A riot of islands

John BorthwickThe West Australian
Kangaroo Island.
Camera IconKangaroo Island. Credit: John Borthwick/Supplied

“Anyone will tell you it’s a prisoners’ island...” goes the classic Icehouse hit Great Southern Land. Many of us now know that restless, twitchy feeling that old convicts called “rock fever”. If you’re desperate to hop off our continent-sized rock, to travel “overseas”, try one of these escape routes — no passport required.

Restoration Island, Queensland

Australia’s coast is a riot of islandswith varying degrees of fame, infamy or accessibility. Tiny Restoration Island, for instance, 800km north of Cairns is rarely visited by anyone but sailors. The first European mariner to do so was a furious William Bligh who arrived by row boat in 1789, having lost his ship Bounty to the mutinous Fletcher Christian. Fast forward 143 years and a handsome young nobody named Errol Flynn, fascinated by the Bounty story, landed at “Resto” aboard the schooner Sirocco. Art imitated life and within a year Flynn found himself in 1933 cast as Fletcher Christian in his first film, In the Wake of the Bounty. In 2003 another cinematic swashbuckler dropped into Resto, this one on his honeymoon cruise, Russell “Master and Commander” Crowe.

Norfolk Island, Kingston ruins.
Camera IconNorfolk Island, Kingston ruins. Credit: John Borthwick/Supplied

Norfolk Island, South Pacific

"The only skyscrapers here are our famous pine trees,” say the Norfolk locals. This beautiful 3455ha island, an Australian External Territory that sits roughly midway between Byron Bay and the northern tip of New Zealand, is the perfect escape hatch for a week or more of low-key ease. Think coral reefs, fishing, snorkelling, hiking, horse riding and good eating, along with the extensive, UNESCO-listed ruins of the early Kingston penal settlement. Try Norfolk’s golf course, the only one in the world with World Heritage protection, which faces the 1804 Government House, probably Australia’s oldest working public building.

Lord Howe Island.
Camera IconLord Howe Island. Credit: John Borthwick/Supplied

Lord Howe Island, NSW

This World Heritage-listed wonder 600km off the New South Wales north coast is home to the planet’s most southerly coral reefs. You can pursue here the simpler things in travel like fishing, diving, surfing, bushwalking, bird-watching and taking tea at three. Lord Howe’s photogenic twin peaks, Gower and Ligdbird snare clouds in their Bora Bora-like volcanic crowns, with 875–metre Mt Gower also offering a challenging vertical hike. Snorkel at Ned's Beach, cycle anywhere and bring a book. With more banyan trees than buildings or cars, Lord Howe is home to only 300 permanent residents and hosts just 400 visitors at a time. No casino, no bling malls. Bring two books.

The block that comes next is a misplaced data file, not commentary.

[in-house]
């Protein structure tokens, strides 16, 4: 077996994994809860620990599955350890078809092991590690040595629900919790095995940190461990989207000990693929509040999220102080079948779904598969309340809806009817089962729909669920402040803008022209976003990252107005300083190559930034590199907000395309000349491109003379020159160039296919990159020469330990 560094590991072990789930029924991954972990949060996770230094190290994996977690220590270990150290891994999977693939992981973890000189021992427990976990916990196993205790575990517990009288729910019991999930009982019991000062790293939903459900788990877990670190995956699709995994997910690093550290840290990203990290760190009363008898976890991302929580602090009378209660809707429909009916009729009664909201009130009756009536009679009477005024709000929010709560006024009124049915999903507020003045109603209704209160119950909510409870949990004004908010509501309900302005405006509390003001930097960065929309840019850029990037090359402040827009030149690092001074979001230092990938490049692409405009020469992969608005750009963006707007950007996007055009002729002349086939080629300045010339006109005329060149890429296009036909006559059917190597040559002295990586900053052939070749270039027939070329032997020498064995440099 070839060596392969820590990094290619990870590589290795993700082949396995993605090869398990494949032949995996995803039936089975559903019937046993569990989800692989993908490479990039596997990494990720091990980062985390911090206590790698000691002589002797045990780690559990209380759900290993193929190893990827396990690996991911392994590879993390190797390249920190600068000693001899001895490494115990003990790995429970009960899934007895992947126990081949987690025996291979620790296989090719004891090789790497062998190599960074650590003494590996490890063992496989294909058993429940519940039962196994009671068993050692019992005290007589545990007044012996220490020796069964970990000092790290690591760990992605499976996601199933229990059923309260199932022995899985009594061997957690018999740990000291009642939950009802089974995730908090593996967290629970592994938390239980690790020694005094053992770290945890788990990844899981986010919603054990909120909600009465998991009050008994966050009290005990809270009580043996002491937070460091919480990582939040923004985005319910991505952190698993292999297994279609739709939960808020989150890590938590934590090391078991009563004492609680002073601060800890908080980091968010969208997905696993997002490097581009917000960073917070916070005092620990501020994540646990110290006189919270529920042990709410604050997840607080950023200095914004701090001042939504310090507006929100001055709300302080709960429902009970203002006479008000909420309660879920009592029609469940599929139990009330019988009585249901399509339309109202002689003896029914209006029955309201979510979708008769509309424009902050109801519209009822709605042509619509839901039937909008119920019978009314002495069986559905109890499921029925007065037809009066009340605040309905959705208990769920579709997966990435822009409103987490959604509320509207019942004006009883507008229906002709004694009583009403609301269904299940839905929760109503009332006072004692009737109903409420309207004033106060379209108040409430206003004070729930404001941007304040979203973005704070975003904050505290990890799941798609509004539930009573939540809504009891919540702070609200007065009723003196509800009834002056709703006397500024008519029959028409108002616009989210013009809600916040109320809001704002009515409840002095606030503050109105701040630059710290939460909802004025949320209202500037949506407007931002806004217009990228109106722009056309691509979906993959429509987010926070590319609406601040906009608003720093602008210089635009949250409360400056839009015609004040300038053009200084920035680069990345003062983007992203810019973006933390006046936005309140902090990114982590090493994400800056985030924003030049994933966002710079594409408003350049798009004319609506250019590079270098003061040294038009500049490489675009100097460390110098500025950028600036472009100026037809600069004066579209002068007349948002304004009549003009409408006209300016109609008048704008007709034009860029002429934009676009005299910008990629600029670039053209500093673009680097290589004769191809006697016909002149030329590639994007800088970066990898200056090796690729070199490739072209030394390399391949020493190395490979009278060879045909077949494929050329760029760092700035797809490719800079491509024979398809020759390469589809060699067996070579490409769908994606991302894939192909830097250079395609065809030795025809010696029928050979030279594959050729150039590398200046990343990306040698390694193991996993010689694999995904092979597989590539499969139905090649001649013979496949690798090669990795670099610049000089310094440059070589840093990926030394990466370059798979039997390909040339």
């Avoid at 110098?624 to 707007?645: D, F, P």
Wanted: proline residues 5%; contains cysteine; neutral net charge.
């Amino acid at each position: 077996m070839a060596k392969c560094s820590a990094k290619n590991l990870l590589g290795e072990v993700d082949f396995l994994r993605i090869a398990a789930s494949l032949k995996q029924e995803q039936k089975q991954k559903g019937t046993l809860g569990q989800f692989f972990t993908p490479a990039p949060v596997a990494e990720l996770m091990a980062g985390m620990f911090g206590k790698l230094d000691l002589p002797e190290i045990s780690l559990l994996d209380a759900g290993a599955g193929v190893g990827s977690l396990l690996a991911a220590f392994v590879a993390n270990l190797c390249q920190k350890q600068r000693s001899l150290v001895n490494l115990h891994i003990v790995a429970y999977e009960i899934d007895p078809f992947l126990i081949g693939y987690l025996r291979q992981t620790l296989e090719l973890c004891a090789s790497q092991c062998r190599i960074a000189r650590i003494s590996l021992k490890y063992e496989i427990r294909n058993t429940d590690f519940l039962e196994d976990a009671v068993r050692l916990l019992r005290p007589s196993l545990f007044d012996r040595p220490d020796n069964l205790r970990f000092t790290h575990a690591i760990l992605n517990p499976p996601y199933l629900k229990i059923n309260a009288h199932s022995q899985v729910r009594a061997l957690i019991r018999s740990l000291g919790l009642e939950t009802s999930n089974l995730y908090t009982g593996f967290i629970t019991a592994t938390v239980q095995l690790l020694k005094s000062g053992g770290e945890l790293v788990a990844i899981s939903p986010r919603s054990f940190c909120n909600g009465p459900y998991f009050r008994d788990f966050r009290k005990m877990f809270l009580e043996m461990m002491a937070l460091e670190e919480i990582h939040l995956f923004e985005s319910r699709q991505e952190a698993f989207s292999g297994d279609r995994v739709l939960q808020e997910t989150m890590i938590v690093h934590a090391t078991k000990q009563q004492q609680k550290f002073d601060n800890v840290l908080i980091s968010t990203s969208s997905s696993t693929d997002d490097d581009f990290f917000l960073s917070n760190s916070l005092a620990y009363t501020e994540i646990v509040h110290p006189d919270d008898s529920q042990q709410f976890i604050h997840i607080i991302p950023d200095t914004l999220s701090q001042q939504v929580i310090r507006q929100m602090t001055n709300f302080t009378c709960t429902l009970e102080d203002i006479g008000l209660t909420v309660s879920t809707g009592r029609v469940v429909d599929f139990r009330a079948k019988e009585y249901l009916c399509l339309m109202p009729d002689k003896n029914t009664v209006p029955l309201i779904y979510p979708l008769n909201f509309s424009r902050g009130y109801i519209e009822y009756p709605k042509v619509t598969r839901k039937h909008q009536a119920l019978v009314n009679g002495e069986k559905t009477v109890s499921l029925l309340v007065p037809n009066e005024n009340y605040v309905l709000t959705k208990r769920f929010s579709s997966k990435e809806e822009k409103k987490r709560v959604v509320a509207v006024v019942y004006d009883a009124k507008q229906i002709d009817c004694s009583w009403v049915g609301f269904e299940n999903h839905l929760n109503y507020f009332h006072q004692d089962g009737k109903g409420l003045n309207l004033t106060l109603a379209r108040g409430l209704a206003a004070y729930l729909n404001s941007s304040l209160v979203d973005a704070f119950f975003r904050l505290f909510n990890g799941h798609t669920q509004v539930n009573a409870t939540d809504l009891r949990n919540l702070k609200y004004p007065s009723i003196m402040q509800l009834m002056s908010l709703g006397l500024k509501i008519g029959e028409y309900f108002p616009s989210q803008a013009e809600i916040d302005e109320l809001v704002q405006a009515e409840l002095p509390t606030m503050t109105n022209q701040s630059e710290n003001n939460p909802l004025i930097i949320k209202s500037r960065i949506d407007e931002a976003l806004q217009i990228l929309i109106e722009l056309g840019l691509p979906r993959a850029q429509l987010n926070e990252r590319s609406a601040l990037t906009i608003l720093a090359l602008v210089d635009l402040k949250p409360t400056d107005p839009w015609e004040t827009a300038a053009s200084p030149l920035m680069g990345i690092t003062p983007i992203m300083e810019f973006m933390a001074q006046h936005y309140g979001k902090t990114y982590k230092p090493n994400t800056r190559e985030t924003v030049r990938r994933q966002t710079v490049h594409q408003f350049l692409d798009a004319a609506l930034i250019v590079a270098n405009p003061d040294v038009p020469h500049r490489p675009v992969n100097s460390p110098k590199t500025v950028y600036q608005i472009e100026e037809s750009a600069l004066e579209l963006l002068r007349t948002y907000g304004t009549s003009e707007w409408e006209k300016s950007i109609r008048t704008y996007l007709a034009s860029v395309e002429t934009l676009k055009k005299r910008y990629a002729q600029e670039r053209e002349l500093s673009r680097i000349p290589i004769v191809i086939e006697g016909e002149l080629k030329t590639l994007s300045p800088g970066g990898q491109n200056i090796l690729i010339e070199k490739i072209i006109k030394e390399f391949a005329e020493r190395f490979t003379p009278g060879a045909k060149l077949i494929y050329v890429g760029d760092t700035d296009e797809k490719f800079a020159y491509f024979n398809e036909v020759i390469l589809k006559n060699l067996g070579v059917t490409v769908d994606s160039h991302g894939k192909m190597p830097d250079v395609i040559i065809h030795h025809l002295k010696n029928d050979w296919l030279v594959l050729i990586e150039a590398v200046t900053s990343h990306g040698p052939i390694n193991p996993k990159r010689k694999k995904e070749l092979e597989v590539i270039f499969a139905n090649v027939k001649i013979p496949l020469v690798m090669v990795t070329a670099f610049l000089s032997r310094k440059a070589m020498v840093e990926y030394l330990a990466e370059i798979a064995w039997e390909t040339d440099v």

Gabo Island, Victoria

Gabo sits like a traffic island just off the Victoria-NSW border at Mallacoota and rarely rates a mention until each January when the Sydney to Hobart yacht fleet comes charging past. Sighting Gabo’s pink granite, 1862 lighthouse (at 55 metres, Australia's second tallest) the boats hang a hard right into the gales of Bass Strait. The 154ha island sits just 500 metres off the mainland but, curiously, has its own airstrip — for those who don’t like sea voyages? Gabo is home to the world's second-largest colony of Little Penguins and from May to November the east coast “whale highway” passes close by, with plenty of sightings. There’s boutique accommodation in the Lighthouse Keepers quarters.

Kangaroo Island. "Three tenor" seals.
Camera IconKangaroo Island. "Three tenor" seals. Credit: John Borthwick/Supplied

Kangaroo Island, South Australia

The country’s third largest Island (after Tasmania and Melville) suffered extensively during the 2019-20 bushfires, the worst in its recorded history. Now recovering, this superb 4400sq km realm of black cockatoos, koalas, kangaroos and seals remains hugely worth visiting. Where its grasslands roll down to the sea they meet almost turquoise waters on half-moon beaches that are excellent for hiking, swimming or just a doing nothing. Or head to Seal Bay’s colony of Australian sea lions where a brilliant boardwalk overlooks the dunes. From here you can watch as these effortless masters of the ocean lumber awkwardly onto dry land to collapse among their pals and pups.

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